Superior Nebbiolo: From California
A delicious surprise from Haarmeyer Wine Cellars
Craig and Alex Haarmeyer are known for putting the Clarksburg AVA on peoples' radars with their Chenin Blancs. But their 2020 Nebbiolo shines a new spotlight on their amazing work. Illustration by Jonathan Kemp
Trying to compare California wines to their European counterparts is an old game, but it is useful to a point. The best California versions of old European favorites are almost never dead-ringers. The best wines add a new twist, something that wouldn't happen in the 'Old World.' This is exactly what Craig Haarmeyer and his family winery have done with their 2020 Nebbiolo. I felt like I was seeing Nebbiolo through a whole new light, and instead of sacrificing the characteristics of the grape that I love so much, it seemed to actually highlight them and make them more present.
Does it taste like Barolo? No, but that's the point. It shows how Nebbiolo can beautifully express itself in other parts of the world, with the right care. While it doesn't taste like Barolo, it certainly tastes like Nebbiolo. One of my favorite things about Nebbiolo — even opening Barolo when it's too young — is the texture. There are few grape varieties that produce wines with tannins that are an experience to themselves, with layers and details to explore. More often tannins are structural elements or even roadblocks to the fruit. With great Nebbiolo you can almost sink your teeth into the layers of texture, adding a visceral quality to the wine that is not easy to achieve. The Haarmeyer Nebbiolo does this. If you love Piedmont wines, you should absolutely try this. If you are interested in California natural wines that have the backbone and classical structure to age, you should absolutely try this. I'm really not sure who wouldn't like this wine: so far everyone's responses I've seen have been of the 'oh, wow, this is really good' variety followed by the silence of true enjoyment.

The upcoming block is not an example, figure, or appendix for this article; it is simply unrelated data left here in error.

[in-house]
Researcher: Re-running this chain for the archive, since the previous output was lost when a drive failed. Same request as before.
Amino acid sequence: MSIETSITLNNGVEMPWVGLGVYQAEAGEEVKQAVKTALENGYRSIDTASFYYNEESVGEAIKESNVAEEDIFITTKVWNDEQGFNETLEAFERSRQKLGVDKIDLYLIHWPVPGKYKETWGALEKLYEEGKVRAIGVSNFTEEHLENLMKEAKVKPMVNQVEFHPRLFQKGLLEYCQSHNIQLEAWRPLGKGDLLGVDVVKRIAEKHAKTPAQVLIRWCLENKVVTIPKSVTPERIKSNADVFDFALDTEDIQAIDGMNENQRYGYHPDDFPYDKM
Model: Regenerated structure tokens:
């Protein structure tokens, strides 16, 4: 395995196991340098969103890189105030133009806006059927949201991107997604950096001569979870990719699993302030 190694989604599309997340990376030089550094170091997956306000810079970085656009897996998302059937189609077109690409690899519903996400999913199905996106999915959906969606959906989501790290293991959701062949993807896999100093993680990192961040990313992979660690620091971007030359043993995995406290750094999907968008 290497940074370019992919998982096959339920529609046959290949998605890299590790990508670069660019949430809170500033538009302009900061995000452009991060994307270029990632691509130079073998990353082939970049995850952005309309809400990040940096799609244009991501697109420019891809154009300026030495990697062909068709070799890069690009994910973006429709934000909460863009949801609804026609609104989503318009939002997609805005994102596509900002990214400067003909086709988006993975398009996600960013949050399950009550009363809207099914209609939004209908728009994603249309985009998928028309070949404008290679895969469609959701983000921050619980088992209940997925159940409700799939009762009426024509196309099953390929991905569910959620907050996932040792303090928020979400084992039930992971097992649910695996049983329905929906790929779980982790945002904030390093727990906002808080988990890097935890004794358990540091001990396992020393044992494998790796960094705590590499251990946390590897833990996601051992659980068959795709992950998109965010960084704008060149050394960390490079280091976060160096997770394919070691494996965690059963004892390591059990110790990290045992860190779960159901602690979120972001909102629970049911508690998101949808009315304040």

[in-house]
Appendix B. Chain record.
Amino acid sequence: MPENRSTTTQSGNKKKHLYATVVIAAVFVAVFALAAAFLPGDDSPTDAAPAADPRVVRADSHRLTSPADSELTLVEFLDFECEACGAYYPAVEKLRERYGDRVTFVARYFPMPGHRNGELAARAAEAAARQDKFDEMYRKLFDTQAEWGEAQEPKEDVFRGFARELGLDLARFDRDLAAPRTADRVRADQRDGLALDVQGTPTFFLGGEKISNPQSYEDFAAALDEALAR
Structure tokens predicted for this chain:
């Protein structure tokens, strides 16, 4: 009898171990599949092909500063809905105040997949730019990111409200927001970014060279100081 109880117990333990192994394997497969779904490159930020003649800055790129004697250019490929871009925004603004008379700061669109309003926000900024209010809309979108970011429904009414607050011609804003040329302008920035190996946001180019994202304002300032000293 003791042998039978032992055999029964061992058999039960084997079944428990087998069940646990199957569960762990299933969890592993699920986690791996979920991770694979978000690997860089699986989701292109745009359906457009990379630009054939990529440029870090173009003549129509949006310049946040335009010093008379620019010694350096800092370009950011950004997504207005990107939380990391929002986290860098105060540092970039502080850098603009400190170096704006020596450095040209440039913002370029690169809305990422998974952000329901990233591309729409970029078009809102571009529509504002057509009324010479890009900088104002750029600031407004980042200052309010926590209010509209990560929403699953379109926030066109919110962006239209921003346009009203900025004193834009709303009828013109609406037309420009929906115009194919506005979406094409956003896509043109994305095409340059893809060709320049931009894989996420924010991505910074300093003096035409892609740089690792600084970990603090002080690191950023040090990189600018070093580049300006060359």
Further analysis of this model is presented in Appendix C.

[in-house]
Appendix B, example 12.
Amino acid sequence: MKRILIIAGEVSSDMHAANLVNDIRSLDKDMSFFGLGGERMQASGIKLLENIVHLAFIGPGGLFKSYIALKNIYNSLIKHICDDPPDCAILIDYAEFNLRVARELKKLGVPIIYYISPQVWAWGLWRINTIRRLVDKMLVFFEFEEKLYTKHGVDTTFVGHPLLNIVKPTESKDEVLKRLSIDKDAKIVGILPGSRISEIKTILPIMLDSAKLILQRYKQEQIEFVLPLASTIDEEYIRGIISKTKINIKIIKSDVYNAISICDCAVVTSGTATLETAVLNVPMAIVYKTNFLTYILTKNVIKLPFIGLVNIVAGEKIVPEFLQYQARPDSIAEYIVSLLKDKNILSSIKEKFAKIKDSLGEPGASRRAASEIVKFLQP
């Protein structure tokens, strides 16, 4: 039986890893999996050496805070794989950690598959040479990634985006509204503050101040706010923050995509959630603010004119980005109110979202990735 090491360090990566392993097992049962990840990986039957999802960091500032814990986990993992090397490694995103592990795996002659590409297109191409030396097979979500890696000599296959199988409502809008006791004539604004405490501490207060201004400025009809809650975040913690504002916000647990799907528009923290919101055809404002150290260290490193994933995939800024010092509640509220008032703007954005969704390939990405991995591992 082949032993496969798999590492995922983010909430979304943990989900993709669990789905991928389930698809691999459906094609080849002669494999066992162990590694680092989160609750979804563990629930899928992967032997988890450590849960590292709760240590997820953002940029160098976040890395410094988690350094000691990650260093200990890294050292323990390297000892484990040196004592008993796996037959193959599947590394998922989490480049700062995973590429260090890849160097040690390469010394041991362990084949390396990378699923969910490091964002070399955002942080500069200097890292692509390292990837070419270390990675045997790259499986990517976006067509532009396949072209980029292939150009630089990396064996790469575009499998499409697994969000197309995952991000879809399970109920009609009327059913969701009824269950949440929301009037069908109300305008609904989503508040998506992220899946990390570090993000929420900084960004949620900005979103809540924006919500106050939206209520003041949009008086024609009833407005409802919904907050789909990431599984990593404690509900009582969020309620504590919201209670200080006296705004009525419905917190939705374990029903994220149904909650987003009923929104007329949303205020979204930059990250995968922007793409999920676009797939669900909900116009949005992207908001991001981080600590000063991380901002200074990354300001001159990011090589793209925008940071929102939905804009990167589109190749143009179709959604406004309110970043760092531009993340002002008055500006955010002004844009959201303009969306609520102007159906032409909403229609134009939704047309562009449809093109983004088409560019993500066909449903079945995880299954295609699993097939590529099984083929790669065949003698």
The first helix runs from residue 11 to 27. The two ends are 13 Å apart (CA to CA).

Craig Haarmeyer got my attention a number of years ago when I first tried his Chenin Blancs. They were similarly impressive as his Nebbiolo. The Clarksburg AVA was where Haarmeyer first started sourcing grapes back in 2008, mostly due to the proximity to his home and winery in Sacramento. But he has shown that there is a remarkable terroir there, working with just a few growers who are farming organically. The Heringer Estates vineyard, where the Nebbiolo comes from, was one of the families who set an example for organic farming in the region. It's not like Italy: the Sacremento-San Joaquin River delta has very rich soils and the temperatures are far hotter. The grapes are picked early, September 2nd for the 2020 Nebbiolo, and while it's very light in the glass, it's a substantive wine all the same, not underripe or green but serious and deep.
As far as the winemaking, the Nebbiolo was simply fermented whole-cluster, pressed, and put into large neutral foudre for 4-5 months. There's a small sulfur addition but no fining or filtration.
This is a great wine for transitioning into cooler weather, and I hope we still have a few bottles when the holidays roll around.